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Economic consequences of multiple sclerosis for Canadians

Asche CV, Ho E, Chan B, Coyte PC. Acta Neurol Scand. 1997; 95(5):268-74.


Objectives — To estimate the total costs of multiple sclerosis (MS) for all Canadians in 1994.

Methods — Prevalence-based study estimating disease-related societal costs for Canadians with MS in 1994. The human capital approach was used to estimate the value of lost productivity due to illness. Two components were revealed: first, direct costs, in terms of expenditures on hospital care, other institutions, physician services, other health professionals, drugs, and other expenditures; and second, indirect costs, in terms of lost productivity due to premature mortality and disability.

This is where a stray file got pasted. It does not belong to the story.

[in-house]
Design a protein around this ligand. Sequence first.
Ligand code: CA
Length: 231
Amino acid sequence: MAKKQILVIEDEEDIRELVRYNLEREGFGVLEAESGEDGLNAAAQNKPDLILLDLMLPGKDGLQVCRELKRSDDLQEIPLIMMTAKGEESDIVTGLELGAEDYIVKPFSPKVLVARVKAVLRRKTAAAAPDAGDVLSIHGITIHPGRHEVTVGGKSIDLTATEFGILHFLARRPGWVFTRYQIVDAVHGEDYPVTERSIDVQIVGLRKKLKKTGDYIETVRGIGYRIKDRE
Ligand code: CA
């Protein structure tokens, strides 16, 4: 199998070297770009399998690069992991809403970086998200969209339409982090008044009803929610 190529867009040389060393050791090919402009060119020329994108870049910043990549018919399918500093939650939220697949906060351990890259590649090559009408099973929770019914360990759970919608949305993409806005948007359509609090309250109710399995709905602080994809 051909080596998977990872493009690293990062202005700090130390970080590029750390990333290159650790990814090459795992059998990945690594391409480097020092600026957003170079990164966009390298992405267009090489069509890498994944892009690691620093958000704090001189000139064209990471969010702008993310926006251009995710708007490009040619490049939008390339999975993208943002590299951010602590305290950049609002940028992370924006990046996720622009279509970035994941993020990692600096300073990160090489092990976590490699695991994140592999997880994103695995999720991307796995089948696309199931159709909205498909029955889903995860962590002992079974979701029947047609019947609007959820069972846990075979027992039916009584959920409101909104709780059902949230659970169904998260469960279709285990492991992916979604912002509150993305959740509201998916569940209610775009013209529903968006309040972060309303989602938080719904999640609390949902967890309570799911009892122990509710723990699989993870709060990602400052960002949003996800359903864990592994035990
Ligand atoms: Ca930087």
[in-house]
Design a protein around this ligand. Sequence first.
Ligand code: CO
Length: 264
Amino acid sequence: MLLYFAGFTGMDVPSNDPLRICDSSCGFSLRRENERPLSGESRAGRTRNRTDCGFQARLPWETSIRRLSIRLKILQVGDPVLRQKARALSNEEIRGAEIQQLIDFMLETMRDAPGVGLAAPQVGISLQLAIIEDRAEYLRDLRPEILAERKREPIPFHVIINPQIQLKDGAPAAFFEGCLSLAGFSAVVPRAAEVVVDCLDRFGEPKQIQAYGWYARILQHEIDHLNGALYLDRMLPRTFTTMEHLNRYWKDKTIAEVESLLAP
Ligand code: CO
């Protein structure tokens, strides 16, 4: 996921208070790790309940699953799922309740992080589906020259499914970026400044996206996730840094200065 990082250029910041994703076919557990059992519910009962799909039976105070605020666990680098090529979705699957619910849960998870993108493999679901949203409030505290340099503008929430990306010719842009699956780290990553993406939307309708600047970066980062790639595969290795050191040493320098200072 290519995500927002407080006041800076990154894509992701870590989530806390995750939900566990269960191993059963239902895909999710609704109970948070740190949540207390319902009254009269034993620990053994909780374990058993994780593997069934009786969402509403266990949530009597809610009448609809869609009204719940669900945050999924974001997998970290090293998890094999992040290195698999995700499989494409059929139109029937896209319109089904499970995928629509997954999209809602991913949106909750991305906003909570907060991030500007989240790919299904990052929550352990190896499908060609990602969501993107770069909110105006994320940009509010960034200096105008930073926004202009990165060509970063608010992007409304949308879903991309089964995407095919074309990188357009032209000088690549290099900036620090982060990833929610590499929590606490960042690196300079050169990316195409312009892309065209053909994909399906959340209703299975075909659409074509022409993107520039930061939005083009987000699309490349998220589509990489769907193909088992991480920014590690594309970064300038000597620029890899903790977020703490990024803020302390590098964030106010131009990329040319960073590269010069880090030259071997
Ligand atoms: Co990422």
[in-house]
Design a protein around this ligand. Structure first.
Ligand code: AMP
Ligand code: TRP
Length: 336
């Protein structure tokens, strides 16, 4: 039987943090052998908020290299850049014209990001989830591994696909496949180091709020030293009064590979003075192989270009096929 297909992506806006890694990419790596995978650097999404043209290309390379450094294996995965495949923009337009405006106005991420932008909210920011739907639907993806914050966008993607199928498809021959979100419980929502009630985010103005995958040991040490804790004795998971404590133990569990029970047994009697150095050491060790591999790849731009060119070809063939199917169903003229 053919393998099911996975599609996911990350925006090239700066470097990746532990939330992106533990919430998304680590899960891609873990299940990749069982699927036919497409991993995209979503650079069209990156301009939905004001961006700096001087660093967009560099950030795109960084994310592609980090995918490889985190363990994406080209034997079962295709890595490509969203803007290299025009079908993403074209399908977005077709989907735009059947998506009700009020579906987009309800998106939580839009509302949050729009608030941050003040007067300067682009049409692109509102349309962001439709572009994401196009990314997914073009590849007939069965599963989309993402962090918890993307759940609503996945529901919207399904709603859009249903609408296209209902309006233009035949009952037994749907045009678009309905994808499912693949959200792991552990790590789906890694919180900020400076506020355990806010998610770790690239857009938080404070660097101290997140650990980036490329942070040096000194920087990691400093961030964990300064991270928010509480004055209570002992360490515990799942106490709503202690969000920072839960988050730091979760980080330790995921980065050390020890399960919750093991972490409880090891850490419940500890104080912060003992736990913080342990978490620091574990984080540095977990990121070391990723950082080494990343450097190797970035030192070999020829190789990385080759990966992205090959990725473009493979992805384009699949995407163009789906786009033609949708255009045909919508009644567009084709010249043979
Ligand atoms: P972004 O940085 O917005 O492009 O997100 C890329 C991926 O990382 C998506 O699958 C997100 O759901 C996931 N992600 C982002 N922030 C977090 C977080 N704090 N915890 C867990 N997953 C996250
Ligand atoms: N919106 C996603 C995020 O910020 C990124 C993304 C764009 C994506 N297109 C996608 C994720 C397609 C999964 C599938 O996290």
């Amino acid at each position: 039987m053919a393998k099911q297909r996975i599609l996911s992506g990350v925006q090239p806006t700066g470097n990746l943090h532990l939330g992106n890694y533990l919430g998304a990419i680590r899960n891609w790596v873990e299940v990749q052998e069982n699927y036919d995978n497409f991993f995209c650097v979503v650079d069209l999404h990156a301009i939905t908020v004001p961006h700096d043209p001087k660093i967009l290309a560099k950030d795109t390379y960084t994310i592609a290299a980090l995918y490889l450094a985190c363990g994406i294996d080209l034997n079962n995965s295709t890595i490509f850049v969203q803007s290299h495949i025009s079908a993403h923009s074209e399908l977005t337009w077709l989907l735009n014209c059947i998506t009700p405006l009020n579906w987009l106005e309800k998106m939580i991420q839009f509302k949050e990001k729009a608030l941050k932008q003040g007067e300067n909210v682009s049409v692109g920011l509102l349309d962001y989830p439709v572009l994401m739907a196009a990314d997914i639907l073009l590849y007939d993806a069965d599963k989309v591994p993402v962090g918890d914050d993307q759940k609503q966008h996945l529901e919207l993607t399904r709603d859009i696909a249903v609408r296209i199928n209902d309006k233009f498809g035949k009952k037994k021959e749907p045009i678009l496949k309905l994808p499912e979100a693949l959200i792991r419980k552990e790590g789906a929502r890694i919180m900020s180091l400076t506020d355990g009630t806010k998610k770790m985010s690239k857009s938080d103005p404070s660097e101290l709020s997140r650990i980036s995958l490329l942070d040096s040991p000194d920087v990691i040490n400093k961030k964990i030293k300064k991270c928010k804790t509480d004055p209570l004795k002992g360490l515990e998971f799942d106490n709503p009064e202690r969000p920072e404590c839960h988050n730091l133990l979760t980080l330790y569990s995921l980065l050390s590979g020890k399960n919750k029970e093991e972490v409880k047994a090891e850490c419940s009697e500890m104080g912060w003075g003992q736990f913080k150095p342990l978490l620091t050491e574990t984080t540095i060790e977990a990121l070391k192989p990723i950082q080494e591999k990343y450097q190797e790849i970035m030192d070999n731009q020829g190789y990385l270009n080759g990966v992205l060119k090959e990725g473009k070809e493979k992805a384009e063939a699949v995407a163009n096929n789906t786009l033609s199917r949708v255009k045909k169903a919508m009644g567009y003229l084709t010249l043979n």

Results — The total costs of MS for Canadians were $502.3 million in 1994, with direct and indirect cost components at $188.6 million and $313.7 million, respectively.

Conclusions — This study highlights the scope and magnitude of the economic consequences of MS for Canadians. The costs calculated may be used to provide guidance in the setting of national priorities for research and prevention activities.

Keywords: Musculoskeletal and joint diseases

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